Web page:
World Bank-funded Mineral Rights Management System takes shape
…Cadastral system expected to roll out by June 2017
… Automated operation to improve transparency in sector
By Chiku Jere
The Department of Mines has confirmed that the World Bank-funded modernised Mineral Rights Management System (MRMS), that Malawi is developing through Canada-based computer programming consultants, Spatial Dimension, is taking shape, and is expected to be up and running by June 2017.
Mining & Trade Review learnt about the development of the new computerised mining cadastre system, FlexiCadastre, during the workshop which was recently held at Golden Peacock Hotel in Lilongwe where stakeholders were taken through the Prototype MRMS and updated on the project progress.
In his welcoming remarks, Department of Mines’ Director Atileni Wona described the system as significant saying it will enhance transparency and accountability in the management of the mining sector.
I am glad that we have reached this far in moving towards fulfilling this landmark achievement. It will be a great day for transparency when we finally launch this important facility!
In his presentation, Spatial Dimension’s Senior Consultant Charles Young demonstrated to the participants the Prototype MRMS noting that the system will be implemented by June next year.
We have already completed several phases of the project and we are currently focusing on the design and implementation phases,
The FlexiCadastre MRMS is a browser-based solution that will enable access to mining information at a click of a button in so doing simplifying the way mining and fiscal transactions are done in the country.
All necessary mining transactions from licence application to revenue transactions will be managed through the MRMS. It will provide a convenient way of doing business while in the comfort of one’s preferred location,
Young said that the project deliverables will include a back office MRMS, an online License Map Portal and online License Management Portal which will allow government, license holders and other stakeholders like the civil society and the public to easily monitor obligations and overall management of mineral resources.
He said by interrogating the information in the system, stakeholders in the mining sector will be able to extract important data that can help in the development of relevant reports pertaining to issues of governance of the sector.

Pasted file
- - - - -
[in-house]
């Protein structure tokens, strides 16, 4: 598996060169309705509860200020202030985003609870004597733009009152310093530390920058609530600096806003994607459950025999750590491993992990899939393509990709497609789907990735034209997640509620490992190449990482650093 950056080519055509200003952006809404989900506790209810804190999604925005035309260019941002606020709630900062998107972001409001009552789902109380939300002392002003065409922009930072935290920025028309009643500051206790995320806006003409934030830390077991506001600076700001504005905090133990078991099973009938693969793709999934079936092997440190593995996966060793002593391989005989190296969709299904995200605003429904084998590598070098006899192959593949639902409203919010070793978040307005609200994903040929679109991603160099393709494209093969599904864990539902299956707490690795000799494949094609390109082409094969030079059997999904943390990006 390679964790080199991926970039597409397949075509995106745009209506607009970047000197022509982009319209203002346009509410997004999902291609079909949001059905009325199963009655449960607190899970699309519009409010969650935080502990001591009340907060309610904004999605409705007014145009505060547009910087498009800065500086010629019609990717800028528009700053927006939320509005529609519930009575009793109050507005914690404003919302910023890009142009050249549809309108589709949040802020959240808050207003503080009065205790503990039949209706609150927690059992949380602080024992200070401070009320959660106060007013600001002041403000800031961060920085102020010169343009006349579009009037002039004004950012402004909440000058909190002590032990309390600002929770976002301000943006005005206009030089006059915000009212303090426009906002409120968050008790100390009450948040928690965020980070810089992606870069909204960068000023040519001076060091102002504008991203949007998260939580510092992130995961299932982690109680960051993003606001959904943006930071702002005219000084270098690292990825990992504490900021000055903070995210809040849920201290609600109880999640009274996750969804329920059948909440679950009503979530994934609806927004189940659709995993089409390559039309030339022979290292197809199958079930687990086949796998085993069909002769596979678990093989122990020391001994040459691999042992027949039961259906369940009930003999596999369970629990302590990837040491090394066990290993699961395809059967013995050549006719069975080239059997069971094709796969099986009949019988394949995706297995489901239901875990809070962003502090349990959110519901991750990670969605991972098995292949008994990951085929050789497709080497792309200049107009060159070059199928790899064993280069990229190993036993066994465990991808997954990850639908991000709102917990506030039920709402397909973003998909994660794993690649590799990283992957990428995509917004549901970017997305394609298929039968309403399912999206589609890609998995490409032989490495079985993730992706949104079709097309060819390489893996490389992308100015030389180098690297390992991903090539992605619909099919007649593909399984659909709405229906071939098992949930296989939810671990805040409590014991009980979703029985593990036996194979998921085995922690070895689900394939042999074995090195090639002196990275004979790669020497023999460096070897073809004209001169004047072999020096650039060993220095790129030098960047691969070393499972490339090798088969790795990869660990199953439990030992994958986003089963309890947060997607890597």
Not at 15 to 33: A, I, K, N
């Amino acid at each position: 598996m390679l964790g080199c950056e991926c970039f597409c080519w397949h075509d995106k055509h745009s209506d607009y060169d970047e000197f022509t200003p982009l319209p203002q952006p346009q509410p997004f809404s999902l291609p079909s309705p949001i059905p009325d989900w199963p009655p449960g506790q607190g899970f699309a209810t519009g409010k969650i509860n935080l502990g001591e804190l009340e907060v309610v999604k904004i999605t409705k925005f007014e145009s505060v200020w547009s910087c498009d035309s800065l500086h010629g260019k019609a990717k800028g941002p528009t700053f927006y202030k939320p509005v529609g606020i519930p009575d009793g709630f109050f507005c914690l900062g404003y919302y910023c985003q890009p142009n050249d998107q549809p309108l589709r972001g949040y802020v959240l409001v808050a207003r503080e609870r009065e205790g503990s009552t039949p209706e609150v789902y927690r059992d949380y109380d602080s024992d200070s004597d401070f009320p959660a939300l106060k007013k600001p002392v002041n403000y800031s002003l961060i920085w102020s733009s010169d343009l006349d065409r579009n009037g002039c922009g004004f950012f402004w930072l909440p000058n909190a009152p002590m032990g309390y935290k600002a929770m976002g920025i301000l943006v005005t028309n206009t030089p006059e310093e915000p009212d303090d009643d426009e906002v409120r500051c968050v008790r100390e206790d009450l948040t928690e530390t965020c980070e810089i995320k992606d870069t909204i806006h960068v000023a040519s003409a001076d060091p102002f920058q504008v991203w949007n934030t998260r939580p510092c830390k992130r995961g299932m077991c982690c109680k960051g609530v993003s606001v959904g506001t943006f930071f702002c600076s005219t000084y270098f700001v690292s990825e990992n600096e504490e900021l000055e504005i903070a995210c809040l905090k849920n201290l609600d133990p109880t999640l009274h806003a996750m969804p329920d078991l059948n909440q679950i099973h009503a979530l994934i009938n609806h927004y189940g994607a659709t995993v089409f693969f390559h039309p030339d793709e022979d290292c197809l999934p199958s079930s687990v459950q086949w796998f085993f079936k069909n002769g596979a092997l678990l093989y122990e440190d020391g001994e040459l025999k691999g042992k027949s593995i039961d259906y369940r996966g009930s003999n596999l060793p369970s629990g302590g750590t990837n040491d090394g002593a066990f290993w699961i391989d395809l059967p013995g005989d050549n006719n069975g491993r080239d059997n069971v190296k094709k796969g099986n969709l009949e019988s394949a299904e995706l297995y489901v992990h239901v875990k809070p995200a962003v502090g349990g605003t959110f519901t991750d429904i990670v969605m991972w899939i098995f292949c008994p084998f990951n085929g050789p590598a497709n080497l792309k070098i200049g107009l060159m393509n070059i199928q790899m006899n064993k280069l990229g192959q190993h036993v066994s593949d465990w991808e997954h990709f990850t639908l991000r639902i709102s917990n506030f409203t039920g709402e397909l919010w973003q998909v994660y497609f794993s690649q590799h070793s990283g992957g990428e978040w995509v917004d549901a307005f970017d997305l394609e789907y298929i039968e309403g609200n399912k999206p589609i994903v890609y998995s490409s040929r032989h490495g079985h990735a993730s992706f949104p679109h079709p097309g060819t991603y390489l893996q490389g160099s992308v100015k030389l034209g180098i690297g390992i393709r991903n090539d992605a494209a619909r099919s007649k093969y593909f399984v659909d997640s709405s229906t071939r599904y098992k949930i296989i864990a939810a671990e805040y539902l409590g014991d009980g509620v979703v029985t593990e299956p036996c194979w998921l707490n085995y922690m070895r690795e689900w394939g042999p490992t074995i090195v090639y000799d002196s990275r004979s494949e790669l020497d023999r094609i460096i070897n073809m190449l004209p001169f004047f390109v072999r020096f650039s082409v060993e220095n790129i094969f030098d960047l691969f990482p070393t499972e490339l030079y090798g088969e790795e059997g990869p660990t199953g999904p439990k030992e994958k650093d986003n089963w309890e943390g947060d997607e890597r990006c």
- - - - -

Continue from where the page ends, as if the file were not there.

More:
The system is all about transparency and accountability and it will contribute positively towards the country’s commitment to achieving the Extractives Industry Transparent Initiative (EITI) Standard requirements
He also said that the system is a tool that will reduce corruption or any underhand dealings.
The MRMS is fool proof and secure. It keeps track of every transaction and records all activities performed by the cadastre officers. Above all, no one can short-cut the MRMS because it records and denies any improper input,
He said this will prevent any sort of manipulation, favouritism and corruption when awarding licences.
It applies the “first in/first assessed” principle, meaning whoever applies for the licence first will be awarded the licence should they meet the minimum and technical financial criteria. No preferential treatment and no back door dealings; something that will improve resource governance,
Senior Mining Engineer and Head of Mineral Rights Section at the Department of Mines, Gibson Nyirenda, hailed the development of the new MRMS describing it as an all-important undertaking which will transform the management of the mining sector.
This will see all the data about mining transactions being conveyed into a cadastre pack (an online computerised system) conveniently accessible to all,
He explained that such a development will ensure good data management, and enhance data quality, hence boosting investor confidence and promoting investment in the Malawi mining sector.